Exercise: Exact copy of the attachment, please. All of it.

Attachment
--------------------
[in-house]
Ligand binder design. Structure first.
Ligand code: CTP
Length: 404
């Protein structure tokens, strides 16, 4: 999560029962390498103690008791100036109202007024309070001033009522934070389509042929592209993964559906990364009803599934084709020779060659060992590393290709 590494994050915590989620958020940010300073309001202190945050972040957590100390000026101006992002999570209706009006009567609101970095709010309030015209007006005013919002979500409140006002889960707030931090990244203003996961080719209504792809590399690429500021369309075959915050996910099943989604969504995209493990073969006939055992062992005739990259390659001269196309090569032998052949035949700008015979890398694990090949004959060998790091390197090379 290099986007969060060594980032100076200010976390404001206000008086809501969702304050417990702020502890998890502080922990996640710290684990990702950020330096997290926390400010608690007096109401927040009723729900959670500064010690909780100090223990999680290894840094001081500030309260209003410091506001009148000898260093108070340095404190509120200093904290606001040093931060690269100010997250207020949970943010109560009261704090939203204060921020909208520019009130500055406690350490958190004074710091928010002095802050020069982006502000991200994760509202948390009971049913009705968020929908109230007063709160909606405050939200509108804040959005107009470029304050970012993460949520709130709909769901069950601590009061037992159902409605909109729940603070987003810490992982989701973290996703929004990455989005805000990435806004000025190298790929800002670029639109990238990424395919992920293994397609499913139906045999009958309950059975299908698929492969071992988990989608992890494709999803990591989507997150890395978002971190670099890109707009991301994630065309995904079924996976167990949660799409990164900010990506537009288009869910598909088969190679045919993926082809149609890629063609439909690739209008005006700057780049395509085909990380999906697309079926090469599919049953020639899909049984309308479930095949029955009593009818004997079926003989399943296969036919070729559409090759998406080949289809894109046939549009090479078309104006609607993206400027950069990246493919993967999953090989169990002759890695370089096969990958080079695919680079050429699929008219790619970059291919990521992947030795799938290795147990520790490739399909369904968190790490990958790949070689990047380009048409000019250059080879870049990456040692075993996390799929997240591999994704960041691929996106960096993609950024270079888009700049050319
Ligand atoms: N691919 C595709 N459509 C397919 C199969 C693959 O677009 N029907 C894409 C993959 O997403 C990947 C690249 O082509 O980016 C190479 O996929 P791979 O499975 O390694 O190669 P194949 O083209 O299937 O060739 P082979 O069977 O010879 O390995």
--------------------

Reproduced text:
[in-house]
Ligand binder design. Structure first.
Ligand code: CTP
Length: 404
């Protein structure tokens, strides 16, 4: 999560029962390498103690008791100036109202007024309070001033009522934070389509042929592209993964559906990364009803599934084709020779060659060992590393290709 590494994050915590989620958020940010300073309001202190945050972040957590100390000026101006992002999570209706009006009567609101970095709010309030015209007006005013919002979500409140006002889960707030931090990244203003996961080719209504792809590399690429500021369309075959915050996910099943989604969504995209493990073969006939055992062992005739990259390659001269196309090569032998052949035949700008015979890398694990090949004959060998790091390197090379 290099986007969060060594980032100076200010976390404001206000008086809501969702304050417990702020502890998890502080922990996640710290684990990702950020330096997290926390400010608690007096109401927040009723729900959670500064010690909780100090223990999680290894840094001081500030309260209003410091506001009148000898260093108070340095404190509120200093904290606001040093931060690269100010997250207020949970943010109560009261704090939203204060921020909208520019009130500055406690350490958190004074710091928010002095802050020069982006502000991200994760509202948390009971049913009705968020929908109230007063709160909606405050939200509108804040959005107009470029304050970012993460949520709130709909769901069950601590009061037992159902409605909109729940603070987003810490992982989701973290996703929004990455989005805000990435806004000025190298790929800002670029639109990238990424395919992920293994397609499913139906045999009958309950059975299908698929492969071992988990989608992890494709999803990591989507997150890395978002971190670099890109707009991301994630065309995904079924996976167990949660799409990164900010990506537009288009869910598909088969190679045919993926082809149609890629063609439909690739209008005006700057780049395509085909990380999906697309079926090469599919049953020639899909049984309308479930095949029955009593009818004997079926003989399943296969036919070729559409090759998406080949289809894109046939549009090479078309104006609607993206400027950069990246493919993967999953090989169990002759890695370089096969990958080079695919680079050429699929008219790619970059291919990521992947030795799938290795147990520790490739399909369904968190790490990958790949070689990047380009048409000019250059080879870049990456040692075993996390799929997240591999994704960041691929996106960096993609950024270079888009700049050319
Ligand atoms: N691919 C595709 N459509 C397919 C199969 C693959 O677009 N029907 C894409 C993959 O997403 C990947 C690249 O082509 O980016 C190479 O996929 P791979 O499975 O390694 O190669 P194949 O083209 O299937 O060739 P082979 O069977 O010879 O390995």